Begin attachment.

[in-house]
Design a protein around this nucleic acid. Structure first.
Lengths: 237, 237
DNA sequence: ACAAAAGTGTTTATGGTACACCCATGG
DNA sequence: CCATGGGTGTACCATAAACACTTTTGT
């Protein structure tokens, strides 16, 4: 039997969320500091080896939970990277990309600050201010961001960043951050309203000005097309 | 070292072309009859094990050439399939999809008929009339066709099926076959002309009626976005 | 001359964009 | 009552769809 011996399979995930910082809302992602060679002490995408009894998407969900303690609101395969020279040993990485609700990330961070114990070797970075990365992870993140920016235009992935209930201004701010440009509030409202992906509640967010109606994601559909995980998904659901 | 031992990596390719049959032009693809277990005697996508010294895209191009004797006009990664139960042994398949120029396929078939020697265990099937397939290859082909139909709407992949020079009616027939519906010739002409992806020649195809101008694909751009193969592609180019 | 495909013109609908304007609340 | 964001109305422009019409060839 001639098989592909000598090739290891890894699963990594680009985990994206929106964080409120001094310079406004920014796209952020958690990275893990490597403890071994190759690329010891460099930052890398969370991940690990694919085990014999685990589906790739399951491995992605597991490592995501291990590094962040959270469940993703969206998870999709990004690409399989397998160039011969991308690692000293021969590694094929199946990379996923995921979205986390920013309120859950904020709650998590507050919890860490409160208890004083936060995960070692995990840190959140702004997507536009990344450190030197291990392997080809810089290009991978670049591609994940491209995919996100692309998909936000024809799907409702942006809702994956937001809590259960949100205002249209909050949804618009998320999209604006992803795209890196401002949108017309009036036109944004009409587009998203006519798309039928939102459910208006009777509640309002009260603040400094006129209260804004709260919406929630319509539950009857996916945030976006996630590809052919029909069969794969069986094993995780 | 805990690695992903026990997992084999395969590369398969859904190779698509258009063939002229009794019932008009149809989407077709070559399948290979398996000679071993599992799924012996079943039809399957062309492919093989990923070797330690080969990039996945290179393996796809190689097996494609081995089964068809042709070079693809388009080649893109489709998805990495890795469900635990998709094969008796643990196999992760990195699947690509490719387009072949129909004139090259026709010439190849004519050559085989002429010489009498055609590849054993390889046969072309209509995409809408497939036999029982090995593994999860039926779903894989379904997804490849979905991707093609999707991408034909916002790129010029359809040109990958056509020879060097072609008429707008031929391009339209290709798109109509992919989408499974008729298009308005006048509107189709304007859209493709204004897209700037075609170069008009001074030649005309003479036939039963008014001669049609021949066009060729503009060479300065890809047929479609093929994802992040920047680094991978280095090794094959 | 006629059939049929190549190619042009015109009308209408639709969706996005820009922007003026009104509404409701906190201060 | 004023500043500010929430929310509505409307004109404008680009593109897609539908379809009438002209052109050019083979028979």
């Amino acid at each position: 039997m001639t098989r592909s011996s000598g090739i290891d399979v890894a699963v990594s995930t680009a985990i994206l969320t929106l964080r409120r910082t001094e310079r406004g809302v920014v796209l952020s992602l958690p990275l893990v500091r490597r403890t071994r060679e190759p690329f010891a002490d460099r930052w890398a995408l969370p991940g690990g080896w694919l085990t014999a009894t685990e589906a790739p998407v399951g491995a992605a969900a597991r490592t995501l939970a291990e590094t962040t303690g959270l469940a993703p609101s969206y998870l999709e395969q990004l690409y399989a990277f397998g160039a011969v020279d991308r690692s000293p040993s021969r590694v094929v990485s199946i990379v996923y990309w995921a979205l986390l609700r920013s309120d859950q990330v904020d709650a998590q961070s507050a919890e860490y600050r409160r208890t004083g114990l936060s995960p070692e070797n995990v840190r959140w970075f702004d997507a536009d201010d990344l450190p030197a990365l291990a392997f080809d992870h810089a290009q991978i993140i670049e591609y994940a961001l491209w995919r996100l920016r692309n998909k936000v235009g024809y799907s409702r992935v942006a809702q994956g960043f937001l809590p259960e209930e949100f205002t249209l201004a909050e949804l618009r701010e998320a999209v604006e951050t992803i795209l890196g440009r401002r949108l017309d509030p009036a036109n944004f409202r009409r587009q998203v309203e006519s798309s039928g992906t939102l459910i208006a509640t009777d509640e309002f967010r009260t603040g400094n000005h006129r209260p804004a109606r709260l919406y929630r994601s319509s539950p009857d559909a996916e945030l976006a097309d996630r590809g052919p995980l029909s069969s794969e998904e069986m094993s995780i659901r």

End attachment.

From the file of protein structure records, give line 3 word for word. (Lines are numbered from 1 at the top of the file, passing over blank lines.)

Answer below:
Lengths: 237, 237